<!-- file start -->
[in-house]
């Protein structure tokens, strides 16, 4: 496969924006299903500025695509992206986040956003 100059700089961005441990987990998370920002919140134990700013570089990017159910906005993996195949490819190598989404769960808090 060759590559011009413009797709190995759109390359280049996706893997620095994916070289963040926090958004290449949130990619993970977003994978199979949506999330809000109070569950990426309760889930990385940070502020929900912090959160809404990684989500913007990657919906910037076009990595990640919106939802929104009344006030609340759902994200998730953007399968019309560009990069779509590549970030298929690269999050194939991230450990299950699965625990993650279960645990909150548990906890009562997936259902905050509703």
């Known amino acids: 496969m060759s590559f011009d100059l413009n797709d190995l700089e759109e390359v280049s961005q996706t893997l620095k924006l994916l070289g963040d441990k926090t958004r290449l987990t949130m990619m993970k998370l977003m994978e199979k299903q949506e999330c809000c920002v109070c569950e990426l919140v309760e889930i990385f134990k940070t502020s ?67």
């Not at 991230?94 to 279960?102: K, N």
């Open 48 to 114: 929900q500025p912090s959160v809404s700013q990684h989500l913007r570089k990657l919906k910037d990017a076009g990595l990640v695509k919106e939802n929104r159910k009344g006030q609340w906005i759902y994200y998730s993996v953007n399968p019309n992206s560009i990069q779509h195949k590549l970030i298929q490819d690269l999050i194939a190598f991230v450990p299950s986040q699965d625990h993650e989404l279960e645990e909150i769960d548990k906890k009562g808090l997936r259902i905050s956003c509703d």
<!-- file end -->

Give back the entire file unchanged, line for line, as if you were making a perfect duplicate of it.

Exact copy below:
[in-house]
């Protein structure tokens, strides 16, 4: 496969924006299903500025695509992206986040956003 100059700089961005441990987990998370920002919140134990700013570089990017159910906005993996195949490819190598989404769960808090 060759590559011009413009797709190995759109390359280049996706893997620095994916070289963040926090958004290449949130990619993970977003994978199979949506999330809000109070569950990426309760889930990385940070502020929900912090959160809404990684989500913007990657919906910037076009990595990640919106939802929104009344006030609340759902994200998730953007399968019309560009990069779509590549970030298929690269999050194939991230450990299950699965625990993650279960645990909150548990906890009562997936259902905050509703």
């Known amino acids: 496969m060759s590559f011009d100059l413009n797709d190995l700089e759109e390359v280049s961005q996706t893997l620095k924006l994916l070289g963040d441990k926090t958004r290449l987990t949130m990619m993970k998370l977003m994978e199979k299903q949506e999330c809000c920002v109070c569950e990426l919140v309760e889930i990385f134990k940070t502020s ?67």
């Not at 991230?94 to 279960?102: K, N």
């Open 48 to 114: 929900q500025p912090s959160v809404s700013q990684h989500l913007r570089k990657l919906k910037d990017a076009g990595l990640v695509k919106e939802n929104r159910k009344g006030q609340w906005i759902y994200y998730s993996v953007n399968p019309n992206s560009i990069q779509h195949k590549l970030i298929q490819d690269l999050i194939a190598f991230v450990p299950s986040q699965d625990h993650e989404l279960e645990e909150i769960d548990k906890k009562g808090l997936r259902i905050s956003c509703d």